Las Setas De Sevilla – Also called Metropol Parasol, this structure is hard to miss and a wildly popular rooftop bar (amongst other things). Be prepared to wait in line to get in. The line starts on the bottom floor where you’ll take an elevator up.
Hotel Alfonso XIII – This beautiful five-star hotel is the most expensive in Seville, and has seen visitors such as former President Obama, David and Victoria Beckham, and more. While the cheapest drink you can get is a coffee, its worth it for the look around inside.
Taberna Álvaro Peregil – The orange wine I’ve mentioned twice now? At Taberna Álvaro Peregil the wine is aged for 10 years in barrels with orange peels. It’s a small and dingy bar where you’ll mainly find locals standing around outside. While your cup may be small, the wine packs a big punch.
4. Experience the largest Gothic Cathedral in the world
The Catedral de Seville is the largest gothic cathedral in the world and the third-largest cathedral in the world. It’s a Roman Catholic cathedral, a UNESCO World Heritage Site, and is near the infamous Royal Alcázar. The cathedral was built to show how wealthy Seville was due to it being a major trading center after the Reconquista. Members of the cathedral are quoted saying, “Let us built a church so beautiful and so grand that those who see it finished will take us for mad”.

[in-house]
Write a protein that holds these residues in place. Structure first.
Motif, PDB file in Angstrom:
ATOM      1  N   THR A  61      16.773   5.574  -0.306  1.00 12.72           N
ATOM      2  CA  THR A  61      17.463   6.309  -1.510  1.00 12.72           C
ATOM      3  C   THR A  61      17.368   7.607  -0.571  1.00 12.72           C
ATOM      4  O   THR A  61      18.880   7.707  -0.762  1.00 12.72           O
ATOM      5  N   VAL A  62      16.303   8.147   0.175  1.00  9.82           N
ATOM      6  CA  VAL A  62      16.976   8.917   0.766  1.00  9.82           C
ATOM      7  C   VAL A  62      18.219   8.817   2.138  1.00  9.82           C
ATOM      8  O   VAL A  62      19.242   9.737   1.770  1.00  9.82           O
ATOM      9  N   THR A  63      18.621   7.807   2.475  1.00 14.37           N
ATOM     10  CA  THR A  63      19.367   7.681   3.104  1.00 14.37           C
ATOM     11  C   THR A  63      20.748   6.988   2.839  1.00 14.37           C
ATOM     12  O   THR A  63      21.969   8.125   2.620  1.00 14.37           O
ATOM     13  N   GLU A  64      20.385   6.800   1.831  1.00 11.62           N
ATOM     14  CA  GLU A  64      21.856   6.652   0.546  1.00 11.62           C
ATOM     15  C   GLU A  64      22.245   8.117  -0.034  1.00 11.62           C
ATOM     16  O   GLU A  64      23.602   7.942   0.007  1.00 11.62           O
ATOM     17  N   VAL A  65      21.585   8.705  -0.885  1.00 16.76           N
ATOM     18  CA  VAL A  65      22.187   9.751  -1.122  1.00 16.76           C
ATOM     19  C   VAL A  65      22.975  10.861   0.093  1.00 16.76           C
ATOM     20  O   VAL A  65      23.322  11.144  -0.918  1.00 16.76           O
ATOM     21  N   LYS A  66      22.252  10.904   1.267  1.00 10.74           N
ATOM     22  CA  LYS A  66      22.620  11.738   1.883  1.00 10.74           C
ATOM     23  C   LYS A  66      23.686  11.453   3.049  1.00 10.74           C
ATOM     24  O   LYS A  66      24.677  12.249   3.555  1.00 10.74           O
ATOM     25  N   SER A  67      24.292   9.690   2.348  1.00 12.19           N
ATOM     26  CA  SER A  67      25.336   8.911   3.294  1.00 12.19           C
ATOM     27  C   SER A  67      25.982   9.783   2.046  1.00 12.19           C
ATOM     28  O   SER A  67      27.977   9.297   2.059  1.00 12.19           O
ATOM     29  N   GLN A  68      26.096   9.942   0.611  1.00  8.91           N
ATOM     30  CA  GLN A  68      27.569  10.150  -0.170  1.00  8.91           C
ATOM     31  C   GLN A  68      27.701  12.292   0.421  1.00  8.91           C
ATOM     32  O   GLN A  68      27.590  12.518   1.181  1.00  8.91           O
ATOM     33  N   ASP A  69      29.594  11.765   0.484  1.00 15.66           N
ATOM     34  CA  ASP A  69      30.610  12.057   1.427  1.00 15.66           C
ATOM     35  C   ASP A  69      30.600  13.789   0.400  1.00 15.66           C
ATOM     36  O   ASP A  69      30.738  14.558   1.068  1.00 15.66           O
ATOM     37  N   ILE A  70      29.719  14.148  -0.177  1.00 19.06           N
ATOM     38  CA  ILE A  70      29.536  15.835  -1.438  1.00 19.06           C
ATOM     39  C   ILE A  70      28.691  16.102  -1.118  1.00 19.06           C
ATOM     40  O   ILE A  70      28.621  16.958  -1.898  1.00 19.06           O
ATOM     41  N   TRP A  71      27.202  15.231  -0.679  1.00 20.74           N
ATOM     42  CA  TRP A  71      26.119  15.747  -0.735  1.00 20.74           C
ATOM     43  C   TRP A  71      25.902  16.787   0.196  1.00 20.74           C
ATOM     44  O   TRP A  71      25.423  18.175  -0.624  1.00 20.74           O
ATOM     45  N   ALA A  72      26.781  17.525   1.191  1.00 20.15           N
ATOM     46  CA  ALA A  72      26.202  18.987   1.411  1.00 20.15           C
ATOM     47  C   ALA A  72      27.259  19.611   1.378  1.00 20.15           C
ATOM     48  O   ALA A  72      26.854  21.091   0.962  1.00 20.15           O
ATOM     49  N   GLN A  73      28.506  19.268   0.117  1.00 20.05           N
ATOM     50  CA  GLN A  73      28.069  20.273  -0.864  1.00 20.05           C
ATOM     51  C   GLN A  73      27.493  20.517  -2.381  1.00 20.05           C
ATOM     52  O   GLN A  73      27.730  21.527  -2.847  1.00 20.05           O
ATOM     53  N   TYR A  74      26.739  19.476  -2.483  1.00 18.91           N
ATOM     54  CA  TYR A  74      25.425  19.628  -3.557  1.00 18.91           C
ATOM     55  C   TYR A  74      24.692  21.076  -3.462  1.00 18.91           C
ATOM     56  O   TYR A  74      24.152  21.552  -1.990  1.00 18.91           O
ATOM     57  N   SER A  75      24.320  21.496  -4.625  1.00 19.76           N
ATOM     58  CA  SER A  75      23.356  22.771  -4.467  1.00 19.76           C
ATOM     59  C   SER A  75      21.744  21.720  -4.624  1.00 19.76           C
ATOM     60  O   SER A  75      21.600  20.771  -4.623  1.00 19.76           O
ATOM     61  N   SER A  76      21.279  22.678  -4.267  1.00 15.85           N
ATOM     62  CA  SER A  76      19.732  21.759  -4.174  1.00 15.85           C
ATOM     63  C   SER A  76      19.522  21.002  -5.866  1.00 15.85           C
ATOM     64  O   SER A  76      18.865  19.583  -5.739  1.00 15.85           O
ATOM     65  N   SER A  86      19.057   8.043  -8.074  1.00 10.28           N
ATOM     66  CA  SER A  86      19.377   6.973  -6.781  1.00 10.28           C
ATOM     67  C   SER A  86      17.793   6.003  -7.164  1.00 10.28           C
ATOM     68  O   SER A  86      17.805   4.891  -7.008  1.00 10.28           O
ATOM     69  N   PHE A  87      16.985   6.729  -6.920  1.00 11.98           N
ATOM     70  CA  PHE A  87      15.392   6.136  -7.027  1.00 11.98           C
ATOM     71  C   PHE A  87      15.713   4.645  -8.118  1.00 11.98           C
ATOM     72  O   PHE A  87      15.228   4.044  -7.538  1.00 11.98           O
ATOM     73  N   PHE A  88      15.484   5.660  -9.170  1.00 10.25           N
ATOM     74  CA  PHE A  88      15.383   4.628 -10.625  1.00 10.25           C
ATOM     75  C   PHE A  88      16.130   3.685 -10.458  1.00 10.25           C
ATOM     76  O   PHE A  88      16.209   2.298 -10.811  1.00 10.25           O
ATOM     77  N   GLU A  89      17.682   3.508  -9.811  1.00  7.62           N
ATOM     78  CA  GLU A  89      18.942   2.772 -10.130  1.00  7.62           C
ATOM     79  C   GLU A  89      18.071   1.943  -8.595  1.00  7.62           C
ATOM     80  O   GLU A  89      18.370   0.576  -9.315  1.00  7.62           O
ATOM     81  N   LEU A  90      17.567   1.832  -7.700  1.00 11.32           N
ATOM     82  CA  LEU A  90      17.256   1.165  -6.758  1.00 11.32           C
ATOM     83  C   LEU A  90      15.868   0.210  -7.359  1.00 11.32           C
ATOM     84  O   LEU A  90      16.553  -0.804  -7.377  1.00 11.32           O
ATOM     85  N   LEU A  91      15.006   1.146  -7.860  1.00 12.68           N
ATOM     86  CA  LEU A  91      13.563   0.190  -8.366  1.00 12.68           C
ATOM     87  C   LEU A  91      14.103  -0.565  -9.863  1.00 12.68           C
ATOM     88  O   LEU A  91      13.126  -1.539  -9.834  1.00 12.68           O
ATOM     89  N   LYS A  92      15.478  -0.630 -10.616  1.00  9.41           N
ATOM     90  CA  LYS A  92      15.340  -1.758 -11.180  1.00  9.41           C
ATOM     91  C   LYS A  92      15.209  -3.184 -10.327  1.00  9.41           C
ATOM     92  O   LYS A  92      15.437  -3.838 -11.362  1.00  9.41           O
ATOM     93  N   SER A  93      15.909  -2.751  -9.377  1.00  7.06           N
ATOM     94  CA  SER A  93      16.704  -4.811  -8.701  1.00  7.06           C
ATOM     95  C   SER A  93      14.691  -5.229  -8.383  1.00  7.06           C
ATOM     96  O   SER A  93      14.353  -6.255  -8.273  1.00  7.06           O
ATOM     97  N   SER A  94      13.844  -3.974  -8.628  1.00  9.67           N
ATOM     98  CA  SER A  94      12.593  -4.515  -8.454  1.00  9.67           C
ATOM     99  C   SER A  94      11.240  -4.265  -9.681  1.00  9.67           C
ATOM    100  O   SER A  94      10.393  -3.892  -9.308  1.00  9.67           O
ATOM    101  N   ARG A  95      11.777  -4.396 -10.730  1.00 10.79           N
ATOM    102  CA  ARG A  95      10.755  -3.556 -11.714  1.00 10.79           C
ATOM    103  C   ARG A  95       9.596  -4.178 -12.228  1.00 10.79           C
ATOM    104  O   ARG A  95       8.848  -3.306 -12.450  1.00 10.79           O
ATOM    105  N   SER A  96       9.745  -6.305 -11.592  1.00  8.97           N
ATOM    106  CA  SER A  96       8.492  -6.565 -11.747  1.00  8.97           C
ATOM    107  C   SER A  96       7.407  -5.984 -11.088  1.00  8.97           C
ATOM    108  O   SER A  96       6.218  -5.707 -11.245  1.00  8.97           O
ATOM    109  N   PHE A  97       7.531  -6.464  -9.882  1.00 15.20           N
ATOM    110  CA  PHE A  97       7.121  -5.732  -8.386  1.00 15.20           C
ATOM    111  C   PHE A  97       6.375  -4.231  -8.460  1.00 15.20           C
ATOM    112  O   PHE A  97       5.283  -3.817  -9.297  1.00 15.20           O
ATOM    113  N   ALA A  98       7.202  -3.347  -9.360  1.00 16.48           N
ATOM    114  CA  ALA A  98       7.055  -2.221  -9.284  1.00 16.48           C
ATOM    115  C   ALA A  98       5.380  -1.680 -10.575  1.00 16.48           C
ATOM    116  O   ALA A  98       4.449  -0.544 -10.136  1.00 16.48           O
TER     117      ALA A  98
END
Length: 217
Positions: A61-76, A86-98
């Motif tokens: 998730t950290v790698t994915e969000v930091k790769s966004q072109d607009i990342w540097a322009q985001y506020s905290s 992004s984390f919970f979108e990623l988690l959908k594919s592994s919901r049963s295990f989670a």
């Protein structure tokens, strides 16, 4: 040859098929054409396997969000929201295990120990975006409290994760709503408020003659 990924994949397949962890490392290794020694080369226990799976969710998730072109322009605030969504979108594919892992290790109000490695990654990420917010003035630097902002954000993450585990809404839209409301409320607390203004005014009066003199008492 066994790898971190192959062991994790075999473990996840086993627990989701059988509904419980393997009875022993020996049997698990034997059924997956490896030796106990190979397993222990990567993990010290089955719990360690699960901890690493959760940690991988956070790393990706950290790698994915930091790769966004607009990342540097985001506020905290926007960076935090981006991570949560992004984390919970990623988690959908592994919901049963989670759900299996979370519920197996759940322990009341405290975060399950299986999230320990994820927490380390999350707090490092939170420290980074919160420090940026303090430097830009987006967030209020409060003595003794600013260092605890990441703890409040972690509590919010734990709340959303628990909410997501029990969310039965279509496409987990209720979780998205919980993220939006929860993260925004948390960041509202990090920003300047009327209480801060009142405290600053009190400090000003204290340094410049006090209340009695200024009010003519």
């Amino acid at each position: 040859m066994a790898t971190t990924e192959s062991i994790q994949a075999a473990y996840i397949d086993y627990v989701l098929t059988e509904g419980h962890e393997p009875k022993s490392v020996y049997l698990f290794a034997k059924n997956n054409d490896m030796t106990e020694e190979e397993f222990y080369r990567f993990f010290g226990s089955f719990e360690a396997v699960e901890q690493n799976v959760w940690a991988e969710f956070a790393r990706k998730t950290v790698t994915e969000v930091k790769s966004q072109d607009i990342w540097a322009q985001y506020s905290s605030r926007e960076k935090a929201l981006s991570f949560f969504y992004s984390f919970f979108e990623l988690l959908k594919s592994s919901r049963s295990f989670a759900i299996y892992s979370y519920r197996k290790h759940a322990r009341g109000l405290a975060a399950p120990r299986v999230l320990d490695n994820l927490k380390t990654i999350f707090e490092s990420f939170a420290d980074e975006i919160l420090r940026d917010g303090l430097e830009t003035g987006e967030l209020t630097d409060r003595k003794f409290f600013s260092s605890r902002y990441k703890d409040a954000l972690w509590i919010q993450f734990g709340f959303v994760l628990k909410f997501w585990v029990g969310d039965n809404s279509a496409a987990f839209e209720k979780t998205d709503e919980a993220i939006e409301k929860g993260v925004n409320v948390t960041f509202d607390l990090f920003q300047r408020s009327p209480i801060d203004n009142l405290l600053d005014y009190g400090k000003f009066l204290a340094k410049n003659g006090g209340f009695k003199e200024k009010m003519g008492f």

To enter the cathedral you’ll have to pay a fee at the door – nine Euros, which allows you to access the cathedral along with the Giralda Tower. If you want to purchase an audio guide while you walk through, that will set you back an extra three Euros. The Giralda Tower is over 300-feet tall and offers sweeping views over Seville. As you walk up the ramps to the top of the tower you’ll pass many lookout points and nooks that showcase various historical displays.
5. Experience Flamenco – Where it was born!
If you want to experience Flamenco in Seville you must start the proper way, by visiting the Triana neighborhood. Located on the west bank of the Guadalquivir River, Triana has played a huge role in the development of the culture and traditions found in Seville. Triana was once referred to as the Gypsy Quarter for the Roma people who occupied it. The Roma people have produced some of the greatest Flamenco performers and Triana is typically referenced in songs.
If you want to dive further into the history of flamenco, there’s a flamenco museum – Museo del Baile Flamenco – where you can learn the heritage of this art. You can visit the museum and see a live show while you’re there.
So you see, there are tons of things to do in Seville, Spain, and many different types of experiences to have. Whether you’re interested in history, culture, architecture, or food… Seville is definitely worth the stop if you’re in Spain.
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Do you want a more visual look at Seville? Make sure to check out my Instagram story/highlight reel!